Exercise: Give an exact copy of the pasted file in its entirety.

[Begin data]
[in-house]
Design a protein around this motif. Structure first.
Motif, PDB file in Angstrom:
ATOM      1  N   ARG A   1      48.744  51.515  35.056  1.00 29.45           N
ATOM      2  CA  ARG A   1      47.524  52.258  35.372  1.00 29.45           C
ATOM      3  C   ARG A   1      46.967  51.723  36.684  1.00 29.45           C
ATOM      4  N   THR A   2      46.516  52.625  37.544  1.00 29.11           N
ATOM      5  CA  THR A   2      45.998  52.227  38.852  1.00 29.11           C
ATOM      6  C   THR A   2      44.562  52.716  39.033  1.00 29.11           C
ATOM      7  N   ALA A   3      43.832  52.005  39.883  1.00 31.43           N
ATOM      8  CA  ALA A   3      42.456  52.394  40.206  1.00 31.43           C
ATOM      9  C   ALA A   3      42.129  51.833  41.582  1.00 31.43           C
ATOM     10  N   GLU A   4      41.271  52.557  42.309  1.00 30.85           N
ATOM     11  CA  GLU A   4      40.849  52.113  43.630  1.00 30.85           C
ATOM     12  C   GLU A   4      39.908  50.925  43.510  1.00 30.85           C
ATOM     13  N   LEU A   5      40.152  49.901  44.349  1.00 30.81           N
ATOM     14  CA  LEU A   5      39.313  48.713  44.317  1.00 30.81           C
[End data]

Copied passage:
[in-house]
Design a protein around this motif. Structure first.
Motif, PDB file in Angstrom:
ATOM      1  N   ARG A   1      48.744  51.515  35.056  1.00 29.45           N
ATOM      2  CA  ARG A   1      47.524  52.258  35.372  1.00 29.45           C
ATOM      3  C   ARG A   1      46.967  51.723  36.684  1.00 29.45           C
ATOM      4  N   THR A   2      46.516  52.625  37.544  1.00 29.11           N
ATOM      5  CA  THR A   2      45.998  52.227  38.852  1.00 29.11           C
ATOM      6  C   THR A   2      44.562  52.716  39.033  1.00 29.11           C
ATOM      7  N   ALA A   3      43.832  52.005  39.883  1.00 31.43           N
ATOM      8  CA  ALA A   3      42.456  52.394  40.206  1.00 31.43           C
ATOM      9  C   ALA A   3      42.129  51.833  41.582  1.00 31.43           C
ATOM     10  N   GLU A   4      41.271  52.557  42.309  1.00 30.85           N
ATOM     11  CA  GLU A   4      40.849  52.113  43.630  1.00 30.85           C
ATOM     12  C   GLU A   4      39.908  50.925  43.510  1.00 30.85           C
ATOM     13  N   LEU A   5      40.152  49.901  44.349  1.00 30.81           N
ATOM     14  CA  LEU A   5      39.313  48.713  44.317  1.00 30.81           C